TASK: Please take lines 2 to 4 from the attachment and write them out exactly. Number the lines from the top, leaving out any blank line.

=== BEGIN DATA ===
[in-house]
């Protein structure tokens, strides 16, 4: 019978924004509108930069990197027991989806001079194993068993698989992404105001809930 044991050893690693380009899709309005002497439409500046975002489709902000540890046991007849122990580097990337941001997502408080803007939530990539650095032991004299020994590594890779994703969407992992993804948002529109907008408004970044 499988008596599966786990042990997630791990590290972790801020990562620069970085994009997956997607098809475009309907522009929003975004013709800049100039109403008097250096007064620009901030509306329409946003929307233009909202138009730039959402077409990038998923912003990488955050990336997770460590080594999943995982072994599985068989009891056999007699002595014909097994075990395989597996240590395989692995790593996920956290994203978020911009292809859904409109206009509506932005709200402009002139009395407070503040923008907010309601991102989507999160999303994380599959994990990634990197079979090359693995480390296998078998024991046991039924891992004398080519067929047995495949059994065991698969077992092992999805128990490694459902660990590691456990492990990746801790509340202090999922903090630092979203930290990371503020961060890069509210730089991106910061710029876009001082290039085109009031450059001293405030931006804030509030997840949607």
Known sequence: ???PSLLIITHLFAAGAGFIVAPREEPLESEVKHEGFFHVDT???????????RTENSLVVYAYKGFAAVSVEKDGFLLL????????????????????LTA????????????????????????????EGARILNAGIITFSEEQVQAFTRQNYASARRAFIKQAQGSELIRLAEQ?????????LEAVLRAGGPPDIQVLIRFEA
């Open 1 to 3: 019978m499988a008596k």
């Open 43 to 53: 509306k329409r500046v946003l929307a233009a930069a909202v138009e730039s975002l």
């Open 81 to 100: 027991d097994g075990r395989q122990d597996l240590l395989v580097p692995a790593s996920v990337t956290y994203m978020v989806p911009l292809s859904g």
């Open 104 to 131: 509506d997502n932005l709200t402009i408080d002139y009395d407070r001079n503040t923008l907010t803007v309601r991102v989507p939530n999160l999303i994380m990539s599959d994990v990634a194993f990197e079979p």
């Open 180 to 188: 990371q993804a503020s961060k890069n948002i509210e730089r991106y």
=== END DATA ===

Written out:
């Protein structure tokens, strides 16, 4: 019978924004509108930069990197027991989806001079194993068993698989992404105001809930 044991050893690693380009899709309005002497439409500046975002489709902000540890046991007849122990580097990337941001997502408080803007939530990539650095032991004299020994590594890779994703969407992992993804948002529109907008408004970044 499988008596599966786990042990997630791990590290972790801020990562620069970085994009997956997607098809475009309907522009929003975004013709800049100039109403008097250096007064620009901030509306329409946003929307233009909202138009730039959402077409990038998923912003990488955050990336997770460590080594999943995982072994599985068989009891056999007699002595014909097994075990395989597996240590395989692995790593996920956290994203978020911009292809859904409109206009509506932005709200402009002139009395407070503040923008907010309601991102989507999160999303994380599959994990990634990197079979090359693995480390296998078998024991046991039924891992004398080519067929047995495949059994065991698969077992092992999805128990490694459902660990590691456990492990990746801790509340202090999922903090630092979203930290990371503020961060890069509210730089991106910061710029876009001082290039085109009031450059001293405030931006804030509030997840949607």
Known sequence: ???PSLLIITHLFAAGAGFIVAPREEPLESEVKHEGFFHVDT???????????RTENSLVVYAYKGFAAVSVEKDGFLLL????????????????????LTA????????????????????????????EGARILNAGIITFSEEQVQAFTRQNYASARRAFIKQAQGSELIRLAEQ?????????LEAVLRAGGPPDIQVLIRFEA
């Open 1 to 3: 019978m499988a008596k």